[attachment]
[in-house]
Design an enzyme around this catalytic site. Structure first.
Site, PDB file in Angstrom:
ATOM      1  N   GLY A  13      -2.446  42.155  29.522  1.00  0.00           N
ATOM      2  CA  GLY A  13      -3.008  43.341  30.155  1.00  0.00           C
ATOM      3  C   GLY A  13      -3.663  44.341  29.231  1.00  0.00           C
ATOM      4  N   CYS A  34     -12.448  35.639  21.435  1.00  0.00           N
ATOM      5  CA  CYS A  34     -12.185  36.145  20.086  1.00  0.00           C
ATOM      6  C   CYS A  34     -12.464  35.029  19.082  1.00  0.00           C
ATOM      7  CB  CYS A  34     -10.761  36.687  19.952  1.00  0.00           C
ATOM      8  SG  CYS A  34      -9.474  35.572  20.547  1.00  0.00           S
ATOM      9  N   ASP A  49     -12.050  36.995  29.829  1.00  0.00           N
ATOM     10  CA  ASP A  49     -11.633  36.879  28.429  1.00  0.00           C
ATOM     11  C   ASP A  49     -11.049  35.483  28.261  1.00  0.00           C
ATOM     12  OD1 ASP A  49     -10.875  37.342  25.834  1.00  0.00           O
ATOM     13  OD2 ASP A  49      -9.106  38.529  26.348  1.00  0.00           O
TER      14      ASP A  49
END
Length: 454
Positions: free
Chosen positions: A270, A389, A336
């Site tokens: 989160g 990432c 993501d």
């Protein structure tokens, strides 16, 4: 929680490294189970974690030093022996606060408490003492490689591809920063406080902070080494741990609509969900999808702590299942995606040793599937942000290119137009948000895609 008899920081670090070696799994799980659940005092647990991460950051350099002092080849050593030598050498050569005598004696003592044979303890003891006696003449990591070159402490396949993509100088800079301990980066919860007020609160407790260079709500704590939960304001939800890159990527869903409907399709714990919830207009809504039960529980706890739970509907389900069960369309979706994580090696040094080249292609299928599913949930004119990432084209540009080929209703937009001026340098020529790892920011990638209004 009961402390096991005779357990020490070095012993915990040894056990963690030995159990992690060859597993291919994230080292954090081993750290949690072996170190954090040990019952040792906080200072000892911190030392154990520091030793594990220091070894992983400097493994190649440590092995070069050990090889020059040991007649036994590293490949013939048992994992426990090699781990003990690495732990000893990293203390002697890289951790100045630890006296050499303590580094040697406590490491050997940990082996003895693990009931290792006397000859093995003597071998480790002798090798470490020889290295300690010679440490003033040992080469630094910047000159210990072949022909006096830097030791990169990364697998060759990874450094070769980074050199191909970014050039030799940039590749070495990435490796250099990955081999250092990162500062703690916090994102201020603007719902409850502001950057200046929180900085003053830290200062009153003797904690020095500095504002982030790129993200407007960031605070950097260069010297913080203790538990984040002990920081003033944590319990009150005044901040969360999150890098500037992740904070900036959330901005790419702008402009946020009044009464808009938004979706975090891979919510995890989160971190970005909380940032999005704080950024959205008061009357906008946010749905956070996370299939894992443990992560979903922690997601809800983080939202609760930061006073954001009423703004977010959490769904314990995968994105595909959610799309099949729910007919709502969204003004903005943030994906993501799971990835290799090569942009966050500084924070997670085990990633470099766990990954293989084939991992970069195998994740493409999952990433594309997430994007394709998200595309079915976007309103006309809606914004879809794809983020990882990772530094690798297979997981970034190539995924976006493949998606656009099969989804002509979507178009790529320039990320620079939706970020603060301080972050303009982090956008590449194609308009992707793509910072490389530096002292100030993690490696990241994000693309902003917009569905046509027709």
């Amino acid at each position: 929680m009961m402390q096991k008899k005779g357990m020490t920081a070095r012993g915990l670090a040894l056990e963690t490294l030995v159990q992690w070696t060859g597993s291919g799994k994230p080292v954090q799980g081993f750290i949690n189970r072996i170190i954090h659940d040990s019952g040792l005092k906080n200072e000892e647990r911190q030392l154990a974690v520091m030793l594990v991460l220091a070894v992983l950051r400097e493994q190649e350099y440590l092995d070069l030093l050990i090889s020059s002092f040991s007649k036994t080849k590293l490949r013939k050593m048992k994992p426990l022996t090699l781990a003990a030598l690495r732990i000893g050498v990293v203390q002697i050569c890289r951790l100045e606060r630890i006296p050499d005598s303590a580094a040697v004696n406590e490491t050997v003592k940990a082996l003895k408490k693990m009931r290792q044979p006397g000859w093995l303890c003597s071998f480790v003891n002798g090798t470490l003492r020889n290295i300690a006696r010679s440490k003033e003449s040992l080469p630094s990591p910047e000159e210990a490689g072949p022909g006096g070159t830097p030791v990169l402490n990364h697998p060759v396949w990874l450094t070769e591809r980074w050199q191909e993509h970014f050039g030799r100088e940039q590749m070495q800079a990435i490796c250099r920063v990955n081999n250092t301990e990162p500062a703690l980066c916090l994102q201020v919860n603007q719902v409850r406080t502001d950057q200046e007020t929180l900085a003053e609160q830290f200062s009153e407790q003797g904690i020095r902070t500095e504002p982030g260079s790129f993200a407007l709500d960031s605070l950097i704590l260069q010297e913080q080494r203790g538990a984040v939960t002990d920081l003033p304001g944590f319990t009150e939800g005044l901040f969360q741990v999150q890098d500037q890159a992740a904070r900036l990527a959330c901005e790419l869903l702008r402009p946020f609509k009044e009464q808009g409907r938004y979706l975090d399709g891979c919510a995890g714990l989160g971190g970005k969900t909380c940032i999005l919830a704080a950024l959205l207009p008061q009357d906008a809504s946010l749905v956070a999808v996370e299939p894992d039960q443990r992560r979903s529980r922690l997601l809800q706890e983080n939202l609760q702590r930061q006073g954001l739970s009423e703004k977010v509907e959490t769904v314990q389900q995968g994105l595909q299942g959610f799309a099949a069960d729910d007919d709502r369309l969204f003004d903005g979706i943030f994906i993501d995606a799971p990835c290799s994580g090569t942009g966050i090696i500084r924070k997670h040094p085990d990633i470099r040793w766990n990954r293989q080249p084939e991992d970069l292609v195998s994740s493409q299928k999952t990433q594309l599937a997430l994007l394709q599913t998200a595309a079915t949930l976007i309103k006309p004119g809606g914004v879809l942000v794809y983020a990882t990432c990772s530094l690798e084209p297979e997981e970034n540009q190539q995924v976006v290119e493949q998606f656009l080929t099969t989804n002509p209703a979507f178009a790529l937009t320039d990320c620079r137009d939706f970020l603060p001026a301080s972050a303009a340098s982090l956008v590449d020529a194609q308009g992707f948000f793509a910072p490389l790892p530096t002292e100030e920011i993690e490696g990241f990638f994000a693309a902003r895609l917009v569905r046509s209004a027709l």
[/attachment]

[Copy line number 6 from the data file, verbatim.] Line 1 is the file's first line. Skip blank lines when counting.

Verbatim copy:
ATOM      3  C   GLY A  13      -3.663  44.341  29.231  1.00  0.00           C